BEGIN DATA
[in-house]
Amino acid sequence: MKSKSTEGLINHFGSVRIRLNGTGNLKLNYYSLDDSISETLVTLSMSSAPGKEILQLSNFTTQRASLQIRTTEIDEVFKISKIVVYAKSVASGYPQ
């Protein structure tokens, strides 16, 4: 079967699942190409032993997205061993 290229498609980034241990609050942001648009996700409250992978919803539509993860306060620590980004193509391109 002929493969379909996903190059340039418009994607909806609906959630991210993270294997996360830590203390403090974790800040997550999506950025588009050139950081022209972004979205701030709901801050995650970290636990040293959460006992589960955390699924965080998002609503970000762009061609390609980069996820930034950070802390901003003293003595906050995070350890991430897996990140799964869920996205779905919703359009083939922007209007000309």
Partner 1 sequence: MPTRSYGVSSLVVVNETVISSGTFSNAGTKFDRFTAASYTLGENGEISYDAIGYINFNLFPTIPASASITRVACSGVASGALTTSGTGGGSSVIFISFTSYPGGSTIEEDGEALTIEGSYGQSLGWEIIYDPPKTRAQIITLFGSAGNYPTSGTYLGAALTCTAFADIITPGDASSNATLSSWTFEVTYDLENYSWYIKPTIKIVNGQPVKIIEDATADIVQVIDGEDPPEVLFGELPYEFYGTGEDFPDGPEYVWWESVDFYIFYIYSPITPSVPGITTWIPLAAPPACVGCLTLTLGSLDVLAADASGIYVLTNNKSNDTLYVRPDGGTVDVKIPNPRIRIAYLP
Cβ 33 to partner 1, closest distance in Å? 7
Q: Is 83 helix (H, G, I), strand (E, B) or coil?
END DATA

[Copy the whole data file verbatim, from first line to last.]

[in-house]
Amino acid sequence: MKSKSTEGLINHFGSVRIRLNGTGNLKLNYYSLDDSISETLVTLSMSSAPGKEILQLSNFTTQRASLQIRTTEIDEVFKISKIVVYAKSVASGYPQ
């Protein structure tokens, strides 16, 4: 079967699942190409032993997205061993 290229498609980034241990609050942001648009996700409250992978919803539509993860306060620590980004193509391109 002929493969379909996903190059340039418009994607909806609906959630991210993270294997996360830590203390403090974790800040997550999506950025588009050139950081022209972004979205701030709901801050995650970290636990040293959460006992589960955390699924965080998002609503970000762009061609390609980069996820930034950070802390901003003293003595906050995070350890991430897996990140799964869920996205779905919703359009083939922007209007000309």
Partner 1 sequence: MPTRSYGVSSLVVVNETVISSGTFSNAGTKFDRFTAASYTLGENGEISYDAIGYINFNLFPTIPASASITRVACSGVASGALTTSGTGGGSSVIFISFTSYPGGSTIEEDGEALTIEGSYGQSLGWEIIYDPPKTRAQIITLFGSAGNYPTSGTYLGAALTCTAFADIITPGDASSNATLSSWTFEVTYDLENYSWYIKPTIKIVNGQPVKIIEDATADIVQVIDGEDPPEVLFGELPYEFYGTGEDFPDGPEYVWWESVDFYIFYIYSPITPSVPGITTWIPLAAPPACVGCLTLTLGSLDVLAADASGIYVLTNNKSNDTLYVRPDGGTVDVKIPNPRIRIAYLP
Cβ 33 to partner 1, closest distance in Å? 7
Q: Is 83 helix (H, G, I), strand (E, B) or coil?